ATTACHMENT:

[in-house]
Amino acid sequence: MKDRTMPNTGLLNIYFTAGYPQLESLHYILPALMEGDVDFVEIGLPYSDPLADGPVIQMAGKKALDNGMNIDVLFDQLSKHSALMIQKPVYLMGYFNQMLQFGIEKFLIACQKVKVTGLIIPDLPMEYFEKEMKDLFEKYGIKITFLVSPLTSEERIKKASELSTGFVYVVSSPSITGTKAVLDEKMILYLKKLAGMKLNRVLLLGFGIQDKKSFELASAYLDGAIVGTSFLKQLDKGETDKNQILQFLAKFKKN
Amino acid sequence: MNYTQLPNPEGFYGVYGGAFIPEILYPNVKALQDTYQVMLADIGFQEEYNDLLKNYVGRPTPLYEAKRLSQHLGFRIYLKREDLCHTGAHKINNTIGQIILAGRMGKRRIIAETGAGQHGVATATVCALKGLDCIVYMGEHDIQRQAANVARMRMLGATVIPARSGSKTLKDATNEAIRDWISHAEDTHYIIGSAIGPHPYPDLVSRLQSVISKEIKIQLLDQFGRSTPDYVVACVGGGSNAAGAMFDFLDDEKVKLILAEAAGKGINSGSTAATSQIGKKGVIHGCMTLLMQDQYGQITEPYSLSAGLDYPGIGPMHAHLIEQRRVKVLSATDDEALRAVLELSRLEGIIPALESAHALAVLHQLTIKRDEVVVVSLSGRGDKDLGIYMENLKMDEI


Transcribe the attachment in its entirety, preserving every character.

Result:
[in-house]
Amino acid sequence: MKDRTMPNTGLLNIYFTAGYPQLESLHYILPALMEGDVDFVEIGLPYSDPLADGPVIQMAGKKALDNGMNIDVLFDQLSKHSALMIQKPVYLMGYFNQMLQFGIEKFLIACQKVKVTGLIIPDLPMEYFEKEMKDLFEKYGIKITFLVSPLTSEERIKKASELSTGFVYVVSSPSITGTKAVLDEKMILYLKKLAGMKLNRVLLLGFGIQDKKSFELASAYLDGAIVGTSFLKQLDKGETDKNQILQFLAKFKKN
Amino acid sequence: MNYTQLPNPEGFYGVYGGAFIPEILYPNVKALQDTYQVMLADIGFQEEYNDLLKNYVGRPTPLYEAKRLSQHLGFRIYLKREDLCHTGAHKINNTIGQIILAGRMGKRRIIAETGAGQHGVATATVCALKGLDCIVYMGEHDIQRQAANVARMRMLGATVIPARSGSKTLKDATNEAIRDWISHAEDTHYIIGSAIGPHPYPDLVSRLQSVISKEIKIQLLDQFGRSTPDYVVACVGGGSNAAGAMFDFLDDEKVKLILAEAAGKGINSGSTAATSQIGKKGVIHGCMTLLMQDQYGQITEPYSLSAGLDYPGIGPMHAHLIEQRRVKVLSATDDEALRAVLELSRLEGIIPALESAHALAVLHQLTIKRDEVVVVSLSGRGDKDLGIYMENLKMDEI